I remember when Nobel Biocare launched the NobelActive implant design: I realized immediately, that for me, this was going to be the one and only implant for immediate placement.
Its aggressive thread alone leads to sufficient primarily stability, but additionally, the NobelActive feature that allows one to change the angle of the axis during insertion makes it possible to gain even more primary stability in a fresh extraction socket (although not in a healed site).
In our experience, the thread works like a spiral conveyor in mining — excavating additional bone and bringing it to the buccal-apical aspect of the site — as one changes the direction of the implant axis from a 45° angle (straight into the palatine bone) to an inclination approximating the original angle of the tooth root.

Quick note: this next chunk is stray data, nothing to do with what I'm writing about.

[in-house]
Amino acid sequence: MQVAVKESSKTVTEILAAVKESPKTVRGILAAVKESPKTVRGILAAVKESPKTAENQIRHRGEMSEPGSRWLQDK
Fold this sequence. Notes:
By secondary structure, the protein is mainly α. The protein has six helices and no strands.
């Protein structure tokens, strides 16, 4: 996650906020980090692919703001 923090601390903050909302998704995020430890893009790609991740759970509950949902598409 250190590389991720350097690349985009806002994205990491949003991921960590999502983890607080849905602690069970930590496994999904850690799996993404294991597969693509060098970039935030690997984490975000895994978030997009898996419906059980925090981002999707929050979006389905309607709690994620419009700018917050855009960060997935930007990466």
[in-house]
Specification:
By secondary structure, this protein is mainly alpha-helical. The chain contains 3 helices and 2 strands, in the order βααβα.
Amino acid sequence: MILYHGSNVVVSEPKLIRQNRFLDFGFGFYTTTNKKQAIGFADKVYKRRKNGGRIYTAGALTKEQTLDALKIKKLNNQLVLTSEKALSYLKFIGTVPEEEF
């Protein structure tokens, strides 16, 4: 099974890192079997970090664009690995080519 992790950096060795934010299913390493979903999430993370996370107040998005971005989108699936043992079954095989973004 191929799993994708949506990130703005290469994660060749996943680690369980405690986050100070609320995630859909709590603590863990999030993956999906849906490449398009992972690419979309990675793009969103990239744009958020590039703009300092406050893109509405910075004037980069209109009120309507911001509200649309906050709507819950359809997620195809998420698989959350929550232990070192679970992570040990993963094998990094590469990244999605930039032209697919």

Do you view this strategy as a better alternative to delayed placement?
The authors: Of course we do! As we follow these procedures, our immediately placed, immediately functioning restoration simulates a “reimplanted tooth” and therefore triggers the healing mode of the extraction site as if a reimplanted tooth were present. This kind of socket-healing preserves the gingiva; and the complete original 3D-topography and structure of the pink tissue can thus be preserved from the start.
Sealing the fresh extraction socket with the patient’s own tooth—as we did here—or with a temporary crown serves to maintain the shape of the soft tissue envelope in a predictable way.
By the way, the initial healing of the socket with a perfect seal results in much less pain than in a conventional extraction site without a perfect seal. Patients are surprised and pleased in cases like these about the absence of major discomfort.